1. UNSUBSCRIBE to any emails you can’t read in 30 seconds or don’t read daily
    2. DO NOT RESPOND to emails unless the sender is directly looking for a response from you (don’t even say THANK YOU)
    If you choose to look at an email, you MUST action it, so either DO IT, by replying with required information, DELEGATE IT by forwarding it to someone who can reply with proper information and then let the SENDER know you have delegated the responsibility, finally DELETE IT immediately so it does not clog up your Inbox.

    Remember to think of your Inbox like a highway, it works best when there is a flow of traffic. Parking an email in your Inbox as a reminder to do something, is like pulling over on the highway and stopping…even if you are on the soft shoulder, the traffic will begin to slow and back up and the traffic jam is imminent, along with some frayed nerves.

    Good luck


    • Alan Ralph

      Hi Greg,

      Your 3 rules definitely make sense to me. I know many instances where people have sent emails to me with incomplete or blank subject lines or haven’t trimmed their message if it a response to one I sent them. I have to admit, I’ve fallen into that trap myself a few times. The only probably I see if your 3rd suggestion is that in-line replies seem to have gone out of fashion – most email clients expect you to respond at the top of the message, and make it difficult or impossible to reply in-line. Of course, I’ve been around long enough to remember when email software wasn’t nearly as fussy, and in-line replies were the norm…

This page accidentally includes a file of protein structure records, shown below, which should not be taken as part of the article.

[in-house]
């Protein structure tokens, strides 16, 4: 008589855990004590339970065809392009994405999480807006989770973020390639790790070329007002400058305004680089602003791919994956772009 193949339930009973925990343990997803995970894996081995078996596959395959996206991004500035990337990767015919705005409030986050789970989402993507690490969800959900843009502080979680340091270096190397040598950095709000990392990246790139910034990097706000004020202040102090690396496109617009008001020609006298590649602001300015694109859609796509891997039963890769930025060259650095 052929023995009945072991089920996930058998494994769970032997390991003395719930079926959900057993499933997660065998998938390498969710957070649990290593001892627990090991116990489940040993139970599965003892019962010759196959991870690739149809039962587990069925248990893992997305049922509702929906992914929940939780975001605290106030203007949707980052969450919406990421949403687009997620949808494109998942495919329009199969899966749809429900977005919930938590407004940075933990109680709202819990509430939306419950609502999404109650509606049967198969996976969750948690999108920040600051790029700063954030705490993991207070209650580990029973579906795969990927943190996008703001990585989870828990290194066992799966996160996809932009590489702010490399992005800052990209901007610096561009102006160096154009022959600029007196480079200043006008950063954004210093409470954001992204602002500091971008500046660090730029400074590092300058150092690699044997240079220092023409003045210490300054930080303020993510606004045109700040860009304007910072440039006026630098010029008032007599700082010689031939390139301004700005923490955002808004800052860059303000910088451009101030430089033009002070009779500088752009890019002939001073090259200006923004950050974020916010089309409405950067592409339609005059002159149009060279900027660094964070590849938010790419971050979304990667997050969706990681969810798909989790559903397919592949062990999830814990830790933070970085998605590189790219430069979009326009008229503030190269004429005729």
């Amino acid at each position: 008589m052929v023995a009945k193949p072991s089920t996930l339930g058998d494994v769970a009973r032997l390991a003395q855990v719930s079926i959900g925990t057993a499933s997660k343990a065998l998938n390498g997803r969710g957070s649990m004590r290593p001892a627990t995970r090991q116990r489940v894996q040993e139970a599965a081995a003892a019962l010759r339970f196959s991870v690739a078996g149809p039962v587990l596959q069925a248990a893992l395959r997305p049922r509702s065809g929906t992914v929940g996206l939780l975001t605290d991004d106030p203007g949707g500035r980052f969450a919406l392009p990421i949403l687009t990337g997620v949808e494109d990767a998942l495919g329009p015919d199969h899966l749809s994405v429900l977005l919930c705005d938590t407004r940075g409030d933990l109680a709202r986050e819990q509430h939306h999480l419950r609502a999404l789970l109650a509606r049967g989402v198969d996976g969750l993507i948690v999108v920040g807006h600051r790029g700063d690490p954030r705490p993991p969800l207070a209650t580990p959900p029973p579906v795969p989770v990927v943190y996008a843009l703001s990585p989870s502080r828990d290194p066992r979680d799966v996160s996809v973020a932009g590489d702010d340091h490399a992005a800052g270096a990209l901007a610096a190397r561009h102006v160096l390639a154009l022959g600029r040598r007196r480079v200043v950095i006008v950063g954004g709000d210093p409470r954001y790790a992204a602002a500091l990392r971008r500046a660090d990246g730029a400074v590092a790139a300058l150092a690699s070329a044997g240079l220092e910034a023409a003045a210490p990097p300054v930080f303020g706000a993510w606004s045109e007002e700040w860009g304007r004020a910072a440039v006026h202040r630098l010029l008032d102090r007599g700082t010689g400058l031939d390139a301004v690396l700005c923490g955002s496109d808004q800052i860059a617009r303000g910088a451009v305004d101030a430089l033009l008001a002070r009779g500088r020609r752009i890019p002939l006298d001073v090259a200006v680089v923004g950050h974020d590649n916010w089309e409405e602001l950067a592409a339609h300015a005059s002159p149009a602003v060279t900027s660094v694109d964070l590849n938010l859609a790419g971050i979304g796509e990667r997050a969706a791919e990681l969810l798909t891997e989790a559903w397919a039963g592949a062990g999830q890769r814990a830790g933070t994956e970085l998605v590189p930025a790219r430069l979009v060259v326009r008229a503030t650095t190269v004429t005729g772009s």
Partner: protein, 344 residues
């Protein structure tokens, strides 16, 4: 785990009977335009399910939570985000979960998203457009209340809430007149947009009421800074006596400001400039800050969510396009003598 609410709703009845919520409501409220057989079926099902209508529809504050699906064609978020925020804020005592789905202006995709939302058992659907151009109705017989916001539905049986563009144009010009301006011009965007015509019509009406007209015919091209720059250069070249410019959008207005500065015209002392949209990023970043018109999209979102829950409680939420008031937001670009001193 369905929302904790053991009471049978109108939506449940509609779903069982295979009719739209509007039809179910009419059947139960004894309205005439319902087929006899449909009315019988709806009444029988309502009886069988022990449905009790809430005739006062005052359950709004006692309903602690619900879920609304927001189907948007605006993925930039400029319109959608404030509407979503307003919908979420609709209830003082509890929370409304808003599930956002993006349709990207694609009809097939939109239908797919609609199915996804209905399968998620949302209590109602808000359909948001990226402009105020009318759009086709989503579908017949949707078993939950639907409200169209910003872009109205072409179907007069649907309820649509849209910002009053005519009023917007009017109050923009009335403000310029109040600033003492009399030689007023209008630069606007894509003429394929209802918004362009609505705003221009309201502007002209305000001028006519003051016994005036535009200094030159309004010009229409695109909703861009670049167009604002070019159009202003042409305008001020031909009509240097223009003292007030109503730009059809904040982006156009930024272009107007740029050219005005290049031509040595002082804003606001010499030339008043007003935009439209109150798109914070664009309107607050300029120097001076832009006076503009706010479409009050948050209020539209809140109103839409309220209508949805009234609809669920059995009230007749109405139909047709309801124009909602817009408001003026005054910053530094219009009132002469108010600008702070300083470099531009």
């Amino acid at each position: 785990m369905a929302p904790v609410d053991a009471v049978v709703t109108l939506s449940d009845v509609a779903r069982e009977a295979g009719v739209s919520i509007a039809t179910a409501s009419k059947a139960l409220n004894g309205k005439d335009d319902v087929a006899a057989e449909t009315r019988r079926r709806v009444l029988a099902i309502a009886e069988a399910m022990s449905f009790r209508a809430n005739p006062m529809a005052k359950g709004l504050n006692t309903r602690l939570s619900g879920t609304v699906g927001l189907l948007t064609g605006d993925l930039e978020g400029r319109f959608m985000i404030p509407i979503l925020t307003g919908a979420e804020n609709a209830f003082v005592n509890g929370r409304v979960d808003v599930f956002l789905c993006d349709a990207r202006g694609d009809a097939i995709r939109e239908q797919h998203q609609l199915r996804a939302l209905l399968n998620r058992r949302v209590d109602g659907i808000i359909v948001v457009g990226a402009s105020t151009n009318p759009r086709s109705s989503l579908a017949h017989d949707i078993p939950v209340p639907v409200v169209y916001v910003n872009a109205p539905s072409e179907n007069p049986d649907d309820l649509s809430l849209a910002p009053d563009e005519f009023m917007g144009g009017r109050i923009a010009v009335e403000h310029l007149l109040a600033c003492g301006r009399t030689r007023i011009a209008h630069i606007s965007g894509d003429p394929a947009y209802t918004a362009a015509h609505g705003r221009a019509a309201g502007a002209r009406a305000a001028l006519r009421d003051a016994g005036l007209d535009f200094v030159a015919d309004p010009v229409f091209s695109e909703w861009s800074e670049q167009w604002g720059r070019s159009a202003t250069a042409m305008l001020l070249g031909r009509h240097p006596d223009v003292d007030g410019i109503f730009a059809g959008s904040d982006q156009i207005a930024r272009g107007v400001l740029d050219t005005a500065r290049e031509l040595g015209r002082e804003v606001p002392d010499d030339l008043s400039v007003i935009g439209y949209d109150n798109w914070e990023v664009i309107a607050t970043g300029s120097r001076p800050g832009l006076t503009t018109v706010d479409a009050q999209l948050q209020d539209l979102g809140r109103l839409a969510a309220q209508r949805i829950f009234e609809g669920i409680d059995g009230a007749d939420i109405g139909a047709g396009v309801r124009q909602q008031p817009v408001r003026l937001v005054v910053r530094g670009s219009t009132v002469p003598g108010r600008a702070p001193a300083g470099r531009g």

3. Martin Focazio

    My work and personal email are so completely different.